8.D Compare the answers obtained in 8.A, 8.B, and 8.C.

1. Global approximation.

9.A Take a deterministic version of the growth model without leisure. Find the steady state and construct a 21 point grid from half to two times the steady state of capital. Do it in logs.

9.B Write a f90 or f95 code that computes a piecewise linear approximation to the decision rule of capital for the optimal capital accumulation function. Use collocation (or the Dirac measures at the grid points) to weigh the errors. Plot it.

9.C Compare it with one that results from doing the same approximation with only 7 grid points over the same range. Was it worth to go from 7 to 21 grid points?

• Sixth Homework batch. The Aiyagari Economy Due Wed Oct 27.
1. The household problem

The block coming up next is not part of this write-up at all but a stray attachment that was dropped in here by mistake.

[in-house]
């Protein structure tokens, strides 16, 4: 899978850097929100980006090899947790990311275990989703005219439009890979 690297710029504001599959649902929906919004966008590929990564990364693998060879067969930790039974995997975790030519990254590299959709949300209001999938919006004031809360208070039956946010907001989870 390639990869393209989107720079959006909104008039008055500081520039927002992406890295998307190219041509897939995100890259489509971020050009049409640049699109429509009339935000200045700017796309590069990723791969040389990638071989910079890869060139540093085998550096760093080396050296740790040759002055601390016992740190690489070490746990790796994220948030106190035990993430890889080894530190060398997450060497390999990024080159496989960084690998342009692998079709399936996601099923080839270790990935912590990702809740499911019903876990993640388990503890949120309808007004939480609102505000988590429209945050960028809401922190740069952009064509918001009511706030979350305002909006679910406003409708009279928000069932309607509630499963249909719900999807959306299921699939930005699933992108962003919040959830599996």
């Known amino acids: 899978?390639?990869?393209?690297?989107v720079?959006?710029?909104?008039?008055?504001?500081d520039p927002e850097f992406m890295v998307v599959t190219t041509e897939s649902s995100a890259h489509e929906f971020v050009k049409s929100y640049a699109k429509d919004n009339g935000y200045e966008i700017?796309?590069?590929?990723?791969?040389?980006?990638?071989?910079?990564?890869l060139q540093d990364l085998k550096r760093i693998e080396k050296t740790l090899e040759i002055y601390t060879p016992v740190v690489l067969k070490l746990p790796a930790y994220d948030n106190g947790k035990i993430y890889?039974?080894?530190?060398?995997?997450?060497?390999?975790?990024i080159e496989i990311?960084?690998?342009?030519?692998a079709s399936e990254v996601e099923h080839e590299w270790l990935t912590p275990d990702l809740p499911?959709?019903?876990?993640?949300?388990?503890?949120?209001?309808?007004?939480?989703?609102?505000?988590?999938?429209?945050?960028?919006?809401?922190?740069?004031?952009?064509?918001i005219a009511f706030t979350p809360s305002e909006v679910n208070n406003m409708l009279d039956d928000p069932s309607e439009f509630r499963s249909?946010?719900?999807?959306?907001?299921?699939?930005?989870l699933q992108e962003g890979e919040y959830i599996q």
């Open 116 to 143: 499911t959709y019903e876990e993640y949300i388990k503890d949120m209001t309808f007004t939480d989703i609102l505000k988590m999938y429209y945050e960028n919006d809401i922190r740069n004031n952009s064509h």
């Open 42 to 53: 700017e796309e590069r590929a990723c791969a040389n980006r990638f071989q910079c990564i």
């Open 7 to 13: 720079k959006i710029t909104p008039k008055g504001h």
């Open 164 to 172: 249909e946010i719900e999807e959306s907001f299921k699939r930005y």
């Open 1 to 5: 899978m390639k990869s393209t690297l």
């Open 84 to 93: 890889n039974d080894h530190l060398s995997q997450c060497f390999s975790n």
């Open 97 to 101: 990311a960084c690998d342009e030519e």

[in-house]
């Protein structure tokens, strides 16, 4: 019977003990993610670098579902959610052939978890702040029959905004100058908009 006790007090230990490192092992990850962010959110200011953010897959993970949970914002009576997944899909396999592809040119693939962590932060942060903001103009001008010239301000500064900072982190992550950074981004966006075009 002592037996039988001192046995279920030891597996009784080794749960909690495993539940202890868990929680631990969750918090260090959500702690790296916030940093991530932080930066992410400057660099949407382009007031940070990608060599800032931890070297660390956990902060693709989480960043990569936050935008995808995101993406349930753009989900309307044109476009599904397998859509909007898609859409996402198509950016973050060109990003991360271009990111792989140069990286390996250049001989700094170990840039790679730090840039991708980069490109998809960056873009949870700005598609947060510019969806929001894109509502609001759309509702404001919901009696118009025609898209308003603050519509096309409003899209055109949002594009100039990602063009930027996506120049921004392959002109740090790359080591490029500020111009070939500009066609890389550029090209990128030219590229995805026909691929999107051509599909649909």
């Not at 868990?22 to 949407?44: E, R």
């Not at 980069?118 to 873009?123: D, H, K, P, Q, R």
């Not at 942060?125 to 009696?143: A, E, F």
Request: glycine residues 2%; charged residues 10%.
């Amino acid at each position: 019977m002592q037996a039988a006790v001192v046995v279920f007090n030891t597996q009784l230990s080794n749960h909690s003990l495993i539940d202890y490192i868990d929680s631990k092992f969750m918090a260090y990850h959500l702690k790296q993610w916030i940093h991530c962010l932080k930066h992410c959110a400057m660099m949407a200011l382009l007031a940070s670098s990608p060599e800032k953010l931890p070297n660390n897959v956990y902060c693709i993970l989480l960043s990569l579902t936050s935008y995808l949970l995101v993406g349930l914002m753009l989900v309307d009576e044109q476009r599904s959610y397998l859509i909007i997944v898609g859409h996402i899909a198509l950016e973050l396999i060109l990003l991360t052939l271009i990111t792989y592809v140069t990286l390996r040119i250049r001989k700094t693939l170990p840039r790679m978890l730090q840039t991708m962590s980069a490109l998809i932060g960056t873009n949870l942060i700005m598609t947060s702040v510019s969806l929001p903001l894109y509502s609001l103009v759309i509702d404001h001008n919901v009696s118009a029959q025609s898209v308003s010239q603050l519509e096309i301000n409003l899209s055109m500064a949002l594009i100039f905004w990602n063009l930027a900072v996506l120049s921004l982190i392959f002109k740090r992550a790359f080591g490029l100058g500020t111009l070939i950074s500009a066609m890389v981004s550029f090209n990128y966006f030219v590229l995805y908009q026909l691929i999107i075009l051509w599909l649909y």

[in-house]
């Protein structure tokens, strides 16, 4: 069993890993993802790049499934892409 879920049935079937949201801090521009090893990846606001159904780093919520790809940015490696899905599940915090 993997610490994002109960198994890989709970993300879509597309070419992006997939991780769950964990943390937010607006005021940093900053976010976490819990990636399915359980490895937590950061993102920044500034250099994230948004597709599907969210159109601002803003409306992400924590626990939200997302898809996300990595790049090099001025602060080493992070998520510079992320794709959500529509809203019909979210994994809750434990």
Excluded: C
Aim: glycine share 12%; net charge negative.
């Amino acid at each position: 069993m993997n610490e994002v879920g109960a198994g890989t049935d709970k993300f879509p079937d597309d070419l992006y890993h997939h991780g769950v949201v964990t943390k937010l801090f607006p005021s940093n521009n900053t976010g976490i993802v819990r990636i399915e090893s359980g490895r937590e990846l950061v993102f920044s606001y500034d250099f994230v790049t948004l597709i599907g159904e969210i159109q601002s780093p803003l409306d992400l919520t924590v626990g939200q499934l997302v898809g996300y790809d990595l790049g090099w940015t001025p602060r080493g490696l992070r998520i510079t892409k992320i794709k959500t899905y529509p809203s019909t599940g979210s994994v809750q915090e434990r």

10.A Write fortran (or C, but better f95) code for the problem that a household solves in an Aiyagari economy with leisure and a Markov shock to earnings. Use the calibration of say my paper with Ana Casta~neda and Javier Diaz-Gimenez (or another is you prefer it). Make sure that in your parameterization of the problem you choose an arbitrary value for the wage and a value for the interest rate that is small (smaller than (1/beta)-1). Use either Chebyshev or piecewise linear in the Euler equations or splines in the value functions. Use only proportional labor taxes that pay for social security transfers. Use arbitrary values for this.